As a Class A affiliate of the New York Yankees, the Charleston RiverDogs aim to enchant fans with shapely curveballs and winning line drives. The club takes the field at Joseph P. Riley, Jr. Park, where fans can take in views of the Ashley River as they watch the next crop of MLB stars sprout from the nutrient-rich soil stored within their cleats. Between innings, fans can snack on the Riley Park's concession stands' pickle dogs, brat cheesesteaks, and old-fashioned boiled peanuts—just some of the delicacies that have lured ballpark-cuisine fans from the Travel Channel to The Joe.
Staffed by experienced coaches and computers who’ve sworn allegiance to the three laws of golfing robotics, GolfTEC’s motion sensors and high-speed cameras monitor swings and break down each individual’s form on a high-definition video display to get results. Sensors chirp with approval whenever they detect the perfect stroke or an especially witty golfing joke. GolfTEC’s certified personal coaches will point out flaws and strengths while providing golfers with tips on how to permanently improve their game from tee to green.
Charleston Bicycle Company equips the helmeted masses with their two-wheeled counterparts thanks to the shop staff's more than 45 years of combined cycling experience. The standard tune-up primes spoked speedsters for the riding months ahead. A specialized technician will assess your bike's mechanical operation, inspecting for damages and receding hairlines along its frame. Lubrication of the pivot points and shift components optimize agility, and a bracket tweaking facilitates smooth spinning. In addition to a thorough tightening of levers, shifts, seat posts, derailleurs, and more, a road-warrior mechanic inspects brake-pad surfaces, ensuring they are still as sturdy as a celebrity gladiator’s redwood treehouse. Once completed, your entire bike receives a mild cleaning of frame, parts, and wheels before conquering the concrete with milder modesty. Charleston Bicycle Company can usually primp your ride and turn it around within two to three days—sometimes on the same day.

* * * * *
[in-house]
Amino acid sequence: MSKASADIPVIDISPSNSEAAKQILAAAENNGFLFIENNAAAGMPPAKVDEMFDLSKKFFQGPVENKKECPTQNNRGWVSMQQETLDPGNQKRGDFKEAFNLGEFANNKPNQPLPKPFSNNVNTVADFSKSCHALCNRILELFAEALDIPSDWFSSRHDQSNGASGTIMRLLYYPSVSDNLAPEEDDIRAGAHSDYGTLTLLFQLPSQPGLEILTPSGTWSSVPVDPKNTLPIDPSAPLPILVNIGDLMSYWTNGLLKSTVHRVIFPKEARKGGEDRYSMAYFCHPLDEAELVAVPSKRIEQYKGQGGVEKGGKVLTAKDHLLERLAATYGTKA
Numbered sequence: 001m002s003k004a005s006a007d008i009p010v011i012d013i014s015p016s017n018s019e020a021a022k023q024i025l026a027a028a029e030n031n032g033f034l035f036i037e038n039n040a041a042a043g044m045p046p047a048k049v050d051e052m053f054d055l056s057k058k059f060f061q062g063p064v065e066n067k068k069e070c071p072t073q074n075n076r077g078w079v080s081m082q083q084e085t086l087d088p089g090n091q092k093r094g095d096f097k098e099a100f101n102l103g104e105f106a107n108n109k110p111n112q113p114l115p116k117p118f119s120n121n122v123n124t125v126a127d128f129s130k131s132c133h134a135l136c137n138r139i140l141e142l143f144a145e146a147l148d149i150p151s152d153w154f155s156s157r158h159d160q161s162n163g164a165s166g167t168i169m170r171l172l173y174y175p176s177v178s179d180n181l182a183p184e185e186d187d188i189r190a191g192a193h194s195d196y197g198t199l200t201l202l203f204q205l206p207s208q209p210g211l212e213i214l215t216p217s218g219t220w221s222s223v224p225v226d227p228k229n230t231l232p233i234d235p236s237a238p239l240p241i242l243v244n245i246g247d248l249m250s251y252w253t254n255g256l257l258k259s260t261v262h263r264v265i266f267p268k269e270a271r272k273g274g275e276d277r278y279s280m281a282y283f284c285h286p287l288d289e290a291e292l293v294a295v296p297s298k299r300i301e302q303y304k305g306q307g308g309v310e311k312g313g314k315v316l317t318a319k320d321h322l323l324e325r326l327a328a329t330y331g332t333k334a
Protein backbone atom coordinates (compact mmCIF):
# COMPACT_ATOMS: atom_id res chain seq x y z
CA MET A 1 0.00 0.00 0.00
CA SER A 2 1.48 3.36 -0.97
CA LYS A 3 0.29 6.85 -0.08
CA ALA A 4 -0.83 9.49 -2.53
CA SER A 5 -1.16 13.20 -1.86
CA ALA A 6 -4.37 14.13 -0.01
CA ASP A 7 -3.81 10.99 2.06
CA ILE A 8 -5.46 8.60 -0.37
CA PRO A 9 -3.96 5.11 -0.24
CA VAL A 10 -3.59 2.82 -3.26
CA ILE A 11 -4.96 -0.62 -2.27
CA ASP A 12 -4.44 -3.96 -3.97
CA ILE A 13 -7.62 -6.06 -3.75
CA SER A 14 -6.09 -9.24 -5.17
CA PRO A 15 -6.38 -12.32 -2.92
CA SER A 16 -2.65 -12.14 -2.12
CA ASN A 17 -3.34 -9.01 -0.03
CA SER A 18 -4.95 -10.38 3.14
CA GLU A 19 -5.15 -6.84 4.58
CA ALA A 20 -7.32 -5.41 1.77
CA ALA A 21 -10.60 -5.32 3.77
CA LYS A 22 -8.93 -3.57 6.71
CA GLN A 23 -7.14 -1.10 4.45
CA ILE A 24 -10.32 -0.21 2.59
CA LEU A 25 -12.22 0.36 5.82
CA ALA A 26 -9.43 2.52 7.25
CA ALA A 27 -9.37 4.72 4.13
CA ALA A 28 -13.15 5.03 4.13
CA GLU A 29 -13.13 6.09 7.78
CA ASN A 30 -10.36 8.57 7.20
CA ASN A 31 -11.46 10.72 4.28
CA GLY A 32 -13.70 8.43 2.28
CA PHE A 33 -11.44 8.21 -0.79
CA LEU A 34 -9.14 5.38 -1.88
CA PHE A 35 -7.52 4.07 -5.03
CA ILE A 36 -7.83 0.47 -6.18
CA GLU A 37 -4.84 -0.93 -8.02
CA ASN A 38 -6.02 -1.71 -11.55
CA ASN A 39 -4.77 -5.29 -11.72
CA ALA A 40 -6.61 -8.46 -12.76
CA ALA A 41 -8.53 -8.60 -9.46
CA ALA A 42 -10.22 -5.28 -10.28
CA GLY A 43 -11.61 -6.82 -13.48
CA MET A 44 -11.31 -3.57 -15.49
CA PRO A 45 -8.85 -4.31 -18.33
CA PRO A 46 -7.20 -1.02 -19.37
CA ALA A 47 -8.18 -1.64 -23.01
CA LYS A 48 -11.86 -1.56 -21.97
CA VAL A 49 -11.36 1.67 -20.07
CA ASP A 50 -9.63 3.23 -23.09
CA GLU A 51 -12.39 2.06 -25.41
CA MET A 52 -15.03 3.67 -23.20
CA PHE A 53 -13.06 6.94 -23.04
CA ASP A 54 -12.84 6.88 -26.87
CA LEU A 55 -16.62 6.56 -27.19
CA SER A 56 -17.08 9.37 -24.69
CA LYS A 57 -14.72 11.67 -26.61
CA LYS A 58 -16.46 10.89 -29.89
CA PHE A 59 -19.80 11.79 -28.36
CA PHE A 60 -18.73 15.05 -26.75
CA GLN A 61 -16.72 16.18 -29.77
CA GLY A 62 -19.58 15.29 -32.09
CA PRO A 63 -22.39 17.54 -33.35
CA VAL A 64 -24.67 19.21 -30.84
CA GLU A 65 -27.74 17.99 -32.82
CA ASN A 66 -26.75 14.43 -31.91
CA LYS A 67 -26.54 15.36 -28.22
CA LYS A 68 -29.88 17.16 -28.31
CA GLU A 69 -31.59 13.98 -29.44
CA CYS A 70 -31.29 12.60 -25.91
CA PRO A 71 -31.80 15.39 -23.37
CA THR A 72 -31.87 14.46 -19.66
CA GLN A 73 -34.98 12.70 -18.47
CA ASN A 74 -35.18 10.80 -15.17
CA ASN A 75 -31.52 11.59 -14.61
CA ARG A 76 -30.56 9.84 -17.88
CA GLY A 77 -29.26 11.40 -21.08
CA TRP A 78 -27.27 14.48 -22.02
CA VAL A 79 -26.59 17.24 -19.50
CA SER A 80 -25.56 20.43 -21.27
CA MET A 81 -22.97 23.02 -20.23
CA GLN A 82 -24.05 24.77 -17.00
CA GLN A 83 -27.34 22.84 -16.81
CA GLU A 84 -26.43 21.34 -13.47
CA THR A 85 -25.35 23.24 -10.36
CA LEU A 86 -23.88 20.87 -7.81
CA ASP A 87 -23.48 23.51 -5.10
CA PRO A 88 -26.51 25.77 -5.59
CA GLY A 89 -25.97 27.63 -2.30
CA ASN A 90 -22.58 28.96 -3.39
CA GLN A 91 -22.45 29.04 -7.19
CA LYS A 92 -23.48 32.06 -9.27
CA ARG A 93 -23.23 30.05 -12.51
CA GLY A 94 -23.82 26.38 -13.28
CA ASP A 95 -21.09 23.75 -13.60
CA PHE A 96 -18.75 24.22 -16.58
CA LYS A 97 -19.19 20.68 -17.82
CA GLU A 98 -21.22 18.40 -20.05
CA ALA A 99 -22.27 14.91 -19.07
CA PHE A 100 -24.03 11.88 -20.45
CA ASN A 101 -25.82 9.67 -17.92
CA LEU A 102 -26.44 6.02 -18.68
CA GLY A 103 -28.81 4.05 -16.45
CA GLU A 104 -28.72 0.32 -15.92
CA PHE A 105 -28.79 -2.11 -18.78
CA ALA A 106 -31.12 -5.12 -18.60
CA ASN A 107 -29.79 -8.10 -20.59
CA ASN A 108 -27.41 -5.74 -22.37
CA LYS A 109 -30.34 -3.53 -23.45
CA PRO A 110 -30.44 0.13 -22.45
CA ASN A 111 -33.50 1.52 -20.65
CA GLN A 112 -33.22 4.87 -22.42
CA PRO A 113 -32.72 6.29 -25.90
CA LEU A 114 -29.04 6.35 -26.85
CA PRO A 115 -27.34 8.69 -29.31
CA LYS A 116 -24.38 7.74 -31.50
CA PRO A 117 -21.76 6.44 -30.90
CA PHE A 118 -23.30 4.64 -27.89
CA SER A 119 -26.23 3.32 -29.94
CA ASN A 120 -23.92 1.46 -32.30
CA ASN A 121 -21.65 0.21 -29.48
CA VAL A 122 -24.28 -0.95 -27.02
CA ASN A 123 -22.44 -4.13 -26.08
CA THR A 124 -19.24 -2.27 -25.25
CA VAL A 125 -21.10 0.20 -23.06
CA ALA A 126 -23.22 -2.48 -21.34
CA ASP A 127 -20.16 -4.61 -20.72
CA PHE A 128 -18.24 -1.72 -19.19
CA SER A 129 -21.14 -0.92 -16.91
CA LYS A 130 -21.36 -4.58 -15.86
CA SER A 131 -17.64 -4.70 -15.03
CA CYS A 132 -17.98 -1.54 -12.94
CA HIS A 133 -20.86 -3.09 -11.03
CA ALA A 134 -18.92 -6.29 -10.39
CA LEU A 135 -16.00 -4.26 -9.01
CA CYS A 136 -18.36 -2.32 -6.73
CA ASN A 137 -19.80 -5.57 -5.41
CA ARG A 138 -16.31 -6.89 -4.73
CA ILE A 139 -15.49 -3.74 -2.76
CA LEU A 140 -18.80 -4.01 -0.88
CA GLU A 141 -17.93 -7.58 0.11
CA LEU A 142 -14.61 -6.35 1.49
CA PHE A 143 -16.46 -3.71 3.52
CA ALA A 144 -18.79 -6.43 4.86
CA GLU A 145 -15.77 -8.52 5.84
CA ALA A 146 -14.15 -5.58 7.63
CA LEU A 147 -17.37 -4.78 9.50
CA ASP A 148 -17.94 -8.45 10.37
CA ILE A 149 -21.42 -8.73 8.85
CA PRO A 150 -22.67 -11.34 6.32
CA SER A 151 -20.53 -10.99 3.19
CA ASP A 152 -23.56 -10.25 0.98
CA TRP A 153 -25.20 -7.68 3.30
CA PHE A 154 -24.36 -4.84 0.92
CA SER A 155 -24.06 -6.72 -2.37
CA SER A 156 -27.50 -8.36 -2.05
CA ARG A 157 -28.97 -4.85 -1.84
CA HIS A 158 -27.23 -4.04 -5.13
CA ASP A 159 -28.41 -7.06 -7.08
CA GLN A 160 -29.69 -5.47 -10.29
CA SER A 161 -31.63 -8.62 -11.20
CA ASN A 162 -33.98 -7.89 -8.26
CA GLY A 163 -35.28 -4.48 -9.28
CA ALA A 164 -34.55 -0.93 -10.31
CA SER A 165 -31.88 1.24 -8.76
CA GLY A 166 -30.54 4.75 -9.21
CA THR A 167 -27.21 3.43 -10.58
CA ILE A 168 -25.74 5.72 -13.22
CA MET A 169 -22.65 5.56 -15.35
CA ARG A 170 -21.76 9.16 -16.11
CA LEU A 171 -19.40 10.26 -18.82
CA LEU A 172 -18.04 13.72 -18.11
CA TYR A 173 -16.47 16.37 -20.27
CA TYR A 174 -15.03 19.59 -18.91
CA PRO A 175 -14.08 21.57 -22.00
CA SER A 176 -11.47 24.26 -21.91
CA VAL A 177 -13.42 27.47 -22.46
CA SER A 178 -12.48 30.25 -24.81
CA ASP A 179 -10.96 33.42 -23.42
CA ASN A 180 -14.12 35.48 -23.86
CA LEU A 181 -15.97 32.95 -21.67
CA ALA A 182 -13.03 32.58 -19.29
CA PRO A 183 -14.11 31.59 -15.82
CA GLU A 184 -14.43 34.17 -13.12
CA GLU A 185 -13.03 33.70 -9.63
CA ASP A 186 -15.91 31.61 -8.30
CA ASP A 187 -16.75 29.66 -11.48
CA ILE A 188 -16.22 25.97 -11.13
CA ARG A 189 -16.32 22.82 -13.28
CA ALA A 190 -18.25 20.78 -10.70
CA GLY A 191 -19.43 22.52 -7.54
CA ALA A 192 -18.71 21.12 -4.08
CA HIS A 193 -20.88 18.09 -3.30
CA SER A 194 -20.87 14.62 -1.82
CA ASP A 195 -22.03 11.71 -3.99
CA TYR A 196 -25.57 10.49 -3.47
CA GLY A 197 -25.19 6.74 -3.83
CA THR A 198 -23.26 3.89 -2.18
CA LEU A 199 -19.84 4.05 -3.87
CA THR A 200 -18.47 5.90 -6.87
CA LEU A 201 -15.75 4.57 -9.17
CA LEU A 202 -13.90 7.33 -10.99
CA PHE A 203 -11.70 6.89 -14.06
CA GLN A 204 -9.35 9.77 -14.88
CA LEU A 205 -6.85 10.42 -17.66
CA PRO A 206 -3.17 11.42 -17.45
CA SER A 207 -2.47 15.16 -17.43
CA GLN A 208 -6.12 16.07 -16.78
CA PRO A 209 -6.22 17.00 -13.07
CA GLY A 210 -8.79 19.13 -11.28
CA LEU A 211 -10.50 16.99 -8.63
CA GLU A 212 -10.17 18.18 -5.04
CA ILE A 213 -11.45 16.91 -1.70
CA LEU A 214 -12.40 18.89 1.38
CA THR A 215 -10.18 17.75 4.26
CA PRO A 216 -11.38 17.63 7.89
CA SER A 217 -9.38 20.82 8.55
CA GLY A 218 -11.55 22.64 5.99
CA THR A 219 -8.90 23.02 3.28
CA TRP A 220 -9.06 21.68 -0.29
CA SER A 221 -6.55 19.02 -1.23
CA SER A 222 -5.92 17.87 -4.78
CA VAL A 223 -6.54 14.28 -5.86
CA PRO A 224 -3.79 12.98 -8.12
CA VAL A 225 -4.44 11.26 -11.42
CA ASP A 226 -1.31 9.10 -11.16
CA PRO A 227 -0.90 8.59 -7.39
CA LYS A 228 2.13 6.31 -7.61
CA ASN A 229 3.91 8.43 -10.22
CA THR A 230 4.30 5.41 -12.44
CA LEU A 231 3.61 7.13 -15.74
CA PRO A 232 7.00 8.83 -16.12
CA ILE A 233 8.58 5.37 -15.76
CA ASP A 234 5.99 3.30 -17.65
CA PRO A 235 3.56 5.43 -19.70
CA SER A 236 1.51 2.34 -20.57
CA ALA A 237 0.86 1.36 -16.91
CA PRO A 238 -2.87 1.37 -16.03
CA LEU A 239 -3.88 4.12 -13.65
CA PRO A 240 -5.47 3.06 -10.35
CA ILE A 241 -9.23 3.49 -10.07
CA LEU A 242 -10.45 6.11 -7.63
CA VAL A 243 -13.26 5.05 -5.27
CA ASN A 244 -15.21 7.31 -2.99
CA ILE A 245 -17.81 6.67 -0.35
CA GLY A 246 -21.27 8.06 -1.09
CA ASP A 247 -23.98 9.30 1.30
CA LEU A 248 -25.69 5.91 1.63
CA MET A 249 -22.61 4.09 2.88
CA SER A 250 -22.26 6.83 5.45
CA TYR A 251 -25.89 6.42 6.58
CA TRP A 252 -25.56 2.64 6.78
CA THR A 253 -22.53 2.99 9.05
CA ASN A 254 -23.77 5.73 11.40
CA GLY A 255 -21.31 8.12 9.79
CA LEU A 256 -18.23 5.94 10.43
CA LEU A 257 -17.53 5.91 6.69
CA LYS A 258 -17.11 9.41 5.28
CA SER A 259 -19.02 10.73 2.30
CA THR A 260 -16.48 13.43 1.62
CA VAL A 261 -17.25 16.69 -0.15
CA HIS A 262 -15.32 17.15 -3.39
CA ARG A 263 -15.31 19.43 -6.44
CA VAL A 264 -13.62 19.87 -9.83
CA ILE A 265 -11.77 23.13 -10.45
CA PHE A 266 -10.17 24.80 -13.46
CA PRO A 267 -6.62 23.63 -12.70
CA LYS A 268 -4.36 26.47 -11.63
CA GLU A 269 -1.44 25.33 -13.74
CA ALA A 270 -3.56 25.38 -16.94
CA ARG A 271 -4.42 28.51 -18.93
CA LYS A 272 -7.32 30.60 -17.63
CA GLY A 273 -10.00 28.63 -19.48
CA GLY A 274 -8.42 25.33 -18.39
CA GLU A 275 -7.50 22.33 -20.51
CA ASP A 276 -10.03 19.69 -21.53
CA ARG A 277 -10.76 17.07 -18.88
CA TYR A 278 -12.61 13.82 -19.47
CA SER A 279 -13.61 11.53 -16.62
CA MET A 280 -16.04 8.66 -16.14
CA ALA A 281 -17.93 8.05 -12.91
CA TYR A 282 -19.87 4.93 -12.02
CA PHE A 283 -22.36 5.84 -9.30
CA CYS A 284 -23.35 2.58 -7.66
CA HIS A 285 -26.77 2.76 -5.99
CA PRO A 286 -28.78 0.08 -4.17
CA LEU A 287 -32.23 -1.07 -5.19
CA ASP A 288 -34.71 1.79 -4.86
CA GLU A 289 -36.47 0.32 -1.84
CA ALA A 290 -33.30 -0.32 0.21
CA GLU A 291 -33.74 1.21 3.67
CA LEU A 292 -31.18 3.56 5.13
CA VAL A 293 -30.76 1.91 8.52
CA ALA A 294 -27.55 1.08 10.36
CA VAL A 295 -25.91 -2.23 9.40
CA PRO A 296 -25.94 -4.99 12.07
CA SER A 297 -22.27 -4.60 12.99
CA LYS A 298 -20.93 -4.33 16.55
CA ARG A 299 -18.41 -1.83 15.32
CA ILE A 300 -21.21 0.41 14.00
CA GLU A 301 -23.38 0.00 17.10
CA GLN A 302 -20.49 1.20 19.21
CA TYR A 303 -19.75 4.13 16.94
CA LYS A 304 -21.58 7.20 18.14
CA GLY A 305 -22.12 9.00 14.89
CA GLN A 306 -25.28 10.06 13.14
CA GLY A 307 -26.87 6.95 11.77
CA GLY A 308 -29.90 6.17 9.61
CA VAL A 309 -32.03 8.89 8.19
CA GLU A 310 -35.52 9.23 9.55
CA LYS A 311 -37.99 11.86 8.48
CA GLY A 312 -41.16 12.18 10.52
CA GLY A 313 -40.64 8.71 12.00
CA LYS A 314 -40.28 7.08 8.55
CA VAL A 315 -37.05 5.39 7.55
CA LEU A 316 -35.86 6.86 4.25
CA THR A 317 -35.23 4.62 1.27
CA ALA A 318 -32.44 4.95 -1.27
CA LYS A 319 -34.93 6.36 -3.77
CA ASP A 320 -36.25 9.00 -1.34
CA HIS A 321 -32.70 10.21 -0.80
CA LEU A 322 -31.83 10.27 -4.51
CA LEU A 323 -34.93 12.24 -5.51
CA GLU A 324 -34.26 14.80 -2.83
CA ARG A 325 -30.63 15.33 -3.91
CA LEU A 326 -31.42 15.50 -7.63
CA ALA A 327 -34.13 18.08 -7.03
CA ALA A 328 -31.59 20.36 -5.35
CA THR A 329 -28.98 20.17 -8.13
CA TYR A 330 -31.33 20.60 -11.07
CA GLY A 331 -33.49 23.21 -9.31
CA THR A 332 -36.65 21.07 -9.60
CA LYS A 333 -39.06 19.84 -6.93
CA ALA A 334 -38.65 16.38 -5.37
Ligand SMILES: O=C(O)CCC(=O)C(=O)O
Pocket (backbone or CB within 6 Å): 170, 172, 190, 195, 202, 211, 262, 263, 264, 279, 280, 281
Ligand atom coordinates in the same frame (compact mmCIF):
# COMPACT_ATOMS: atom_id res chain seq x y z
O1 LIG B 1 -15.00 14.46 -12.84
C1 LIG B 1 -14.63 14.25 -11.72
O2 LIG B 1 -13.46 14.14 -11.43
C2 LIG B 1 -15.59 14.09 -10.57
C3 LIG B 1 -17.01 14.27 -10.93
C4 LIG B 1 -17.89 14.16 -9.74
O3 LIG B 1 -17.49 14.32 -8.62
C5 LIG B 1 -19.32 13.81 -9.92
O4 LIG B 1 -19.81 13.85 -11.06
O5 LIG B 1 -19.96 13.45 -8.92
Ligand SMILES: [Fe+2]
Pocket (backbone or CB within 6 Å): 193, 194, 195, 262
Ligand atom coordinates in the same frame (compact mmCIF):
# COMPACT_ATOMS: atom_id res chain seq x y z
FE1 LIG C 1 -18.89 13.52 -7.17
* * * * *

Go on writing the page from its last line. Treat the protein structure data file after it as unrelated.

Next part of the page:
Just as bicycling itself is a solitary sport, the owner of Easy Rider Bikes, Marshall Walls, prefers to be the only one at the shop’s handlebars. “I’m not a control freak, but I have a high standard for work,” he told the Post and Courier in 2007. “Besides, I can do the work of about three people.” Walls’ confidence stems from experience: since 1984, he’s successfully maintained his one-man operation in the same 1,400-square-foot space he bought at the age of 25, when most adults choose to just go into hibernation. After a brief period selling Schwinn and Peugeot bikes, Walls devoted himself to service, and today he keeps wheels spinning smoothly with everything from standard tune-ups to restorations. Still, he keeps the essentials—helmets, seats, pedals, and pumps—in stock, lest bikers attempt to race down an oil-slicked hillside unprepared.